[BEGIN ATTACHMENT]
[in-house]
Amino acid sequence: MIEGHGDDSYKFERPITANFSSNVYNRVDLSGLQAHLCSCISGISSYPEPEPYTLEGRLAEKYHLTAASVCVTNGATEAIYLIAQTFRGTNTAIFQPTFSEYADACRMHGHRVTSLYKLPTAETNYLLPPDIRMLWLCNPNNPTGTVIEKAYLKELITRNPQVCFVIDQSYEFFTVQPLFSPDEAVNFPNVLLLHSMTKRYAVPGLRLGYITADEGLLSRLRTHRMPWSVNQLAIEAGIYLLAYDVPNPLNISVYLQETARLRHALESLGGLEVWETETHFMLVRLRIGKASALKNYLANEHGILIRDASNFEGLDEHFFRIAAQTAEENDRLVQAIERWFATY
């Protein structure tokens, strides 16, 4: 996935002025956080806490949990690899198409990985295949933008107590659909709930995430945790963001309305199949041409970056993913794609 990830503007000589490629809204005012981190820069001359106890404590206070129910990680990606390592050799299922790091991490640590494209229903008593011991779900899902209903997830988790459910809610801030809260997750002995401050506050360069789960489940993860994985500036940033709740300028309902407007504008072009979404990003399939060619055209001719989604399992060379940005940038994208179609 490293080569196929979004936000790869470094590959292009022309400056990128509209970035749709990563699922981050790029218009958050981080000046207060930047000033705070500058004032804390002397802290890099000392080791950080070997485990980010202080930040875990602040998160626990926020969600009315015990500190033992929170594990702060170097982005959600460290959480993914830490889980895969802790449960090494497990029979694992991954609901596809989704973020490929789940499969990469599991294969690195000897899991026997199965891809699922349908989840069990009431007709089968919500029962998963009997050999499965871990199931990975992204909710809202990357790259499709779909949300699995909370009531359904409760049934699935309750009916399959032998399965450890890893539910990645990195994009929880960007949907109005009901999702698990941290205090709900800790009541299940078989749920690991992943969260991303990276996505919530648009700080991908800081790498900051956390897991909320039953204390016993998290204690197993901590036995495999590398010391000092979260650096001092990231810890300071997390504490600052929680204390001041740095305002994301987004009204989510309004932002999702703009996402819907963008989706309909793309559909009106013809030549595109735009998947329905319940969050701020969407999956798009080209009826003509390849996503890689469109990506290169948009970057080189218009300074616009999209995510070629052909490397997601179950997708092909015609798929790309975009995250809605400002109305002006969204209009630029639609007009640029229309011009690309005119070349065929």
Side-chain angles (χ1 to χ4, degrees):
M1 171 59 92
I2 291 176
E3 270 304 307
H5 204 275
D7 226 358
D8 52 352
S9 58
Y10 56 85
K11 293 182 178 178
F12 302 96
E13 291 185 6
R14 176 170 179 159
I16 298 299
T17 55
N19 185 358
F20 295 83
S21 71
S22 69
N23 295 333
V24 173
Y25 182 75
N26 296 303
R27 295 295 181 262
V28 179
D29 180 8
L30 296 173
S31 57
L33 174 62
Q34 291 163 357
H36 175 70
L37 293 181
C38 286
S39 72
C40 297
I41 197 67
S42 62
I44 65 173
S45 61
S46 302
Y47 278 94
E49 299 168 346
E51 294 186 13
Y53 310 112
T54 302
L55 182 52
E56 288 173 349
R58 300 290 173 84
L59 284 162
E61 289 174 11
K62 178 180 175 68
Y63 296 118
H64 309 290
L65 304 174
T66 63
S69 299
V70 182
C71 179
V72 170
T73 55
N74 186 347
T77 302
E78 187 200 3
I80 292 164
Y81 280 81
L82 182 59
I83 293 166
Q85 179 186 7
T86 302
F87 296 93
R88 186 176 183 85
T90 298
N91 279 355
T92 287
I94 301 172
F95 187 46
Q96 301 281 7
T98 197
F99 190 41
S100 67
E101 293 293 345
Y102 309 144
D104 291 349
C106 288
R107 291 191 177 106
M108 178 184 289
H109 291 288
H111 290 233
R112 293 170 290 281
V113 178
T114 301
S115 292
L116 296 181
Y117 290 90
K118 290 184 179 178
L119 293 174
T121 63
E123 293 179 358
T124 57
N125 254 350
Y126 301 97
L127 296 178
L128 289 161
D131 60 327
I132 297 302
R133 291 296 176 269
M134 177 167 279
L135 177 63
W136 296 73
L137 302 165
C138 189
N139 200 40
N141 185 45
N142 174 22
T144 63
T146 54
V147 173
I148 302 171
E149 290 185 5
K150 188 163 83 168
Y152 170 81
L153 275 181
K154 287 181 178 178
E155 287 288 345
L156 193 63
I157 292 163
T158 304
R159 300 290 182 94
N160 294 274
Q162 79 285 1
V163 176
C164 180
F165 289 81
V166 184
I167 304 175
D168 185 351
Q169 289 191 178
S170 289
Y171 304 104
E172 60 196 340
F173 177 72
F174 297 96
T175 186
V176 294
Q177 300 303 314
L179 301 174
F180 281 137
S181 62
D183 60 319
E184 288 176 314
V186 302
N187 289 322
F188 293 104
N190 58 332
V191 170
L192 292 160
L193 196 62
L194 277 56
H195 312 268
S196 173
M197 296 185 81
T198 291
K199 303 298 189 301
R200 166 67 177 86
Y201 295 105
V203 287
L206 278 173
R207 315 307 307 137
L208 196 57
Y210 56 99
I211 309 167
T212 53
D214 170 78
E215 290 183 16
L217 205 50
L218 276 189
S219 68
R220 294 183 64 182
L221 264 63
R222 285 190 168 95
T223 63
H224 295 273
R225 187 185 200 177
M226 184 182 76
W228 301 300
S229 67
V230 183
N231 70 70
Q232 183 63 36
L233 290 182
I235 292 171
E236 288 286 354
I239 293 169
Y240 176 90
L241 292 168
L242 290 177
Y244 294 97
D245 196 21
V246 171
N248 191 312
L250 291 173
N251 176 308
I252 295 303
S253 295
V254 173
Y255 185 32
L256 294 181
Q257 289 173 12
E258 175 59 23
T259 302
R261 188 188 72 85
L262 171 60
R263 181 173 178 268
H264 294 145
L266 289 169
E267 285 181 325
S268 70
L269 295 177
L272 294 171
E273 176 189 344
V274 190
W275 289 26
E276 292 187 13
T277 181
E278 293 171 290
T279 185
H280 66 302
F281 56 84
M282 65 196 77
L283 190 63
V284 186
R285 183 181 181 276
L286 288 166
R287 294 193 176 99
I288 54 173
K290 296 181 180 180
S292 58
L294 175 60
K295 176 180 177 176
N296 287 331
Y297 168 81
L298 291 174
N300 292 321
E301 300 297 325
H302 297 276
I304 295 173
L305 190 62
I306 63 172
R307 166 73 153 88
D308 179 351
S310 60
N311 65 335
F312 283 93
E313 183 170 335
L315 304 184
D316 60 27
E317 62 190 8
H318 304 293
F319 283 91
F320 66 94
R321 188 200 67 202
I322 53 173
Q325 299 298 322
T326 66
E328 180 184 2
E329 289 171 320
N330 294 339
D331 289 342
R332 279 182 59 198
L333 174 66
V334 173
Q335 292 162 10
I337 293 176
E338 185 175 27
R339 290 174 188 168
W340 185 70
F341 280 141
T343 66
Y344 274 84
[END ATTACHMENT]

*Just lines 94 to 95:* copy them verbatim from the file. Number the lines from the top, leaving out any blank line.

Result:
T114 301
S115 292